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Flowers sets business back 20 years

Mississippi state Sen. Merle Flowers, R-Southaven, has sponsored the most anti-business bill to be introduce into the Legislature in 20 years.

Mississippi senators recently voted to join Tennessee in allowing handgun-permit holders to carry their guns in most Mississippi parks, as well as restaurants and other locations.

The National Rifle Association-backed legislation, sponsored by Flowers, originally covered only parks but was amended to let permit holders carry their guns in restaurants, bars and unsecured government buildings unless the owners of those facilities post notices barring guns.

Unfortunately, what the bill does is force restaurant, bar and other business owners to make a political choice in which they can only lose.

If business owners choose to post signs barring weapons from their premises, then are labeled as anti-American and anti-gun.

If business owners choose to do nothing, customers are left to assume anyone in the business with them could be carrying a concealed weapon, which to could lead to fewer people coming to the business.

Flowers and his friends in the Senate are preying on the fears of Americans, who believe their gun rights are being taken away from them.

In this situation, Flowers represents the latest iteration of an anti-intellectualism that permeates our society.

Guns are part of who we are as Americans, that much is true. In Mississippi, owning your first weapon can be a rite of passage into adulthood — going out and making that first kill of a buck or laying wait on an cold early morning for a flock of ducks to pass overhead.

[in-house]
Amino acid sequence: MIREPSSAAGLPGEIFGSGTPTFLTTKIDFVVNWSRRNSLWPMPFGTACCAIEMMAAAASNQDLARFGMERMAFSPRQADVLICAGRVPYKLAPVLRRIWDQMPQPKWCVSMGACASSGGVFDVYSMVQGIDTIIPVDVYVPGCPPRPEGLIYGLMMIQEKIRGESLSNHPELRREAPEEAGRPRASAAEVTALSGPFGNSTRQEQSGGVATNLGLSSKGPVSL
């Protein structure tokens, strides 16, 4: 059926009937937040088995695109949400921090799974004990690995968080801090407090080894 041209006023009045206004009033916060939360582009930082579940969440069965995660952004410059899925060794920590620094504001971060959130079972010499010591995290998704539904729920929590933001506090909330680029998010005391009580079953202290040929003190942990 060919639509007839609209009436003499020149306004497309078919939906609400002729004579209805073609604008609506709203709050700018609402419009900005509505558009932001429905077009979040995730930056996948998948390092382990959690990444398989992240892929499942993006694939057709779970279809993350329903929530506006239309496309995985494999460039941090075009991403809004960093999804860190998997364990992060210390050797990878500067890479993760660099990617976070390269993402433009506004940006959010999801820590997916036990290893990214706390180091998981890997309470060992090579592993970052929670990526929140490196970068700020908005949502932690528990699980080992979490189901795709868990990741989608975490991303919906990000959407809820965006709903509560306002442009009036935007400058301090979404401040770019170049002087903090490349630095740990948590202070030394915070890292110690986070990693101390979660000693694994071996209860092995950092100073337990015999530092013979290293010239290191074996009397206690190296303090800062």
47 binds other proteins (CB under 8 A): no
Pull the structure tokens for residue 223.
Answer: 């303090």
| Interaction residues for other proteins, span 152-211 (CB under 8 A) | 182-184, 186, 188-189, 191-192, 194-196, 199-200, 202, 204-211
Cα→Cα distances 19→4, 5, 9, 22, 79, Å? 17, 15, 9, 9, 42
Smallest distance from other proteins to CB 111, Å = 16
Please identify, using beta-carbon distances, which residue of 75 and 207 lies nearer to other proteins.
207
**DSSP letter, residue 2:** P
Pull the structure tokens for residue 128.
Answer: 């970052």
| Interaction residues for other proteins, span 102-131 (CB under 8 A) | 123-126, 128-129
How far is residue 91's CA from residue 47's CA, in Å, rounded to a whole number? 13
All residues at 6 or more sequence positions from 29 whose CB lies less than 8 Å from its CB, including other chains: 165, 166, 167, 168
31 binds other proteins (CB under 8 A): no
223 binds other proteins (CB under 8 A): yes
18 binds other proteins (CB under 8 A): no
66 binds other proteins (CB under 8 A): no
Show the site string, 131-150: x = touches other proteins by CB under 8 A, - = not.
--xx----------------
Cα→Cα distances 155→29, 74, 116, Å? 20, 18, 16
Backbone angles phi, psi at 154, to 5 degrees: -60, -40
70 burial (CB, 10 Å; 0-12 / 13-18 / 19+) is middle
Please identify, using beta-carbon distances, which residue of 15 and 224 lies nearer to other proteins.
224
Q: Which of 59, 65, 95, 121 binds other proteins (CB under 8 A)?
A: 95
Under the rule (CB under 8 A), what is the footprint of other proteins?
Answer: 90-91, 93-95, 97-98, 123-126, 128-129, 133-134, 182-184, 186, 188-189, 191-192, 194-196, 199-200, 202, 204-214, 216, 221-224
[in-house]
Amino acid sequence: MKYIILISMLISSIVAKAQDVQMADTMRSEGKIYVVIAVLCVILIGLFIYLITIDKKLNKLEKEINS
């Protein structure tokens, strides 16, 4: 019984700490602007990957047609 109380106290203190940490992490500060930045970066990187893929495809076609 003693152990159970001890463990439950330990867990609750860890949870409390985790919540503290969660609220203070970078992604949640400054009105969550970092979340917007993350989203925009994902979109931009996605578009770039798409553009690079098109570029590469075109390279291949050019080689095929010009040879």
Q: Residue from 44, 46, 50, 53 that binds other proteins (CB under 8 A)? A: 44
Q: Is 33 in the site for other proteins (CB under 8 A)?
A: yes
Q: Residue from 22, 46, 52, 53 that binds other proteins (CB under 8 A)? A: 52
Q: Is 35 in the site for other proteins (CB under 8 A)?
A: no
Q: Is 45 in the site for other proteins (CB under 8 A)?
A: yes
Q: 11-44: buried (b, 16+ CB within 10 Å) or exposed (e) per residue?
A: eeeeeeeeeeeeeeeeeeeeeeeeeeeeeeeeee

There really is nothing quite like it.

Even to own a weapon in the safety of your own home as a means of self-defense cannot be argued.
But Sen. Flowers, please don’t force Mississippi’s business owners, who are already struggling with the recession, to make a political decision to satisfy your own personal beliefs.


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One comment

  1. I think your editorial critical of Senator Merle Flowers’ NRA backed legislation to allow permit holders to carry their guns in restaurants, bars and unsecured government buildings unless the owners of those facilities post notices barring guns got it all wrong.

    As you said, “Guns are part of who we are as Americans.” The lack of a sign on a restaurant will not drive me away for fear of honest Americans having guns. Quite the opposite, I feel safer when I know honest Americans are armed. And if I see a sign that says “no guns allowed” as I walk into a restaurant, I’m not going to turn around and walk out. I believe in freedom and that includes the freedom of a business owner to make his own decision even if it is different from mine.

    The editorial really has to jump through intellectual hoops to attempt to make this an anti-business bill, which it is not. It sounds as if it is written by someone who actually is not a fan of guns, but reluctant to admit it.

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